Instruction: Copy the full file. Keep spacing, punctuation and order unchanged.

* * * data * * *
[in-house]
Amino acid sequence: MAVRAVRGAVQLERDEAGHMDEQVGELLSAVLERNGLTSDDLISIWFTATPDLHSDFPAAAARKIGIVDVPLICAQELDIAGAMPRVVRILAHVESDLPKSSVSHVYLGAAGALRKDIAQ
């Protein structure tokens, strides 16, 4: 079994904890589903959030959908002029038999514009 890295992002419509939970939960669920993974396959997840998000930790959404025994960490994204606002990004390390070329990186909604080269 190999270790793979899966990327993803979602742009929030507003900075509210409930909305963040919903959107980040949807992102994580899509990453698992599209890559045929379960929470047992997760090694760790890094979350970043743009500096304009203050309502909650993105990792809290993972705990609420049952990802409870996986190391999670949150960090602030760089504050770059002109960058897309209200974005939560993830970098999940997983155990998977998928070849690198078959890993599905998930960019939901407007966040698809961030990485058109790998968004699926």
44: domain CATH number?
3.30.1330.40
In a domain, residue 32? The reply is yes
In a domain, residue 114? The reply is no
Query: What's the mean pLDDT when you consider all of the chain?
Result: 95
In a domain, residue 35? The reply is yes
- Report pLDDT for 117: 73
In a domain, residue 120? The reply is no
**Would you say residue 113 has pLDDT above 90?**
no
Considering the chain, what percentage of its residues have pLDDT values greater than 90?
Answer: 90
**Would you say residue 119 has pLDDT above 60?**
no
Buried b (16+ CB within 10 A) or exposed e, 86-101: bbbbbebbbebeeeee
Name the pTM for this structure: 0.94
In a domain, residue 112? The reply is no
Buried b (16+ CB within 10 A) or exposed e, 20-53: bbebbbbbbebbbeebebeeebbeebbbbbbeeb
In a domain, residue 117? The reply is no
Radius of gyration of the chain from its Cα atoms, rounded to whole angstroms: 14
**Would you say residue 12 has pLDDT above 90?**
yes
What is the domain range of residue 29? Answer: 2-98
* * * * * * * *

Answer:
[in-house]
Amino acid sequence: MAVRAVRGAVQLERDEAGHMDEQVGELLSAVLERNGLTSDDLISIWFTATPDLHSDFPAAAARKIGIVDVPLICAQELDIAGAMPRVVRILAHVESDLPKSSVSHVYLGAAGALRKDIAQ
């Protein structure tokens, strides 16, 4: 079994904890589903959030959908002029038999514009 890295992002419509939970939960669920993974396959997840998000930790959404025994960490994204606002990004390390070329990186909604080269 190999270790793979899966990327993803979602742009929030507003900075509210409930909305963040919903959107980040949807992102994580899509990453698992599209890559045929379960929470047992997760090694760790890094979350970043743009500096304009203050309502909650993105990792809290993972705990609420049952990802409870996986190391999670949150960090602030760089504050770059002109960058897309209200974005939560993830970098999940997983155990998977998928070849690198078959890993599905998930960019939901407007966040698809961030990485058109790998968004699926």
44: domain CATH number?
3.30.1330.40
In a domain, residue 32? The reply is yes
In a domain, residue 114? The reply is no
Query: What's the mean pLDDT when you consider all of the chain?
Result: 95
In a domain, residue 35? The reply is yes
- Report pLDDT for 117: 73
In a domain, residue 120? The reply is no
**Would you say residue 113 has pLDDT above 90?**
no
Considering the chain, what percentage of its residues have pLDDT values greater than 90?
Answer: 90
**Would you say residue 119 has pLDDT above 60?**
no
Buried b (16+ CB within 10 A) or exposed e, 86-101: bbbbbebbbebeeeee
Name the pTM for this structure: 0.94
In a domain, residue 112? The reply is no
Buried b (16+ CB within 10 A) or exposed e, 20-53: bbebbbbbbebbbeebebeeebbeebbbbbbeeb
In a domain, residue 117? The reply is no
Radius of gyration of the chain from its Cα atoms, rounded to whole angstroms: 14
**Would you say residue 12 has pLDDT above 90?**
yes
What is the domain range of residue 29? Answer: 2-98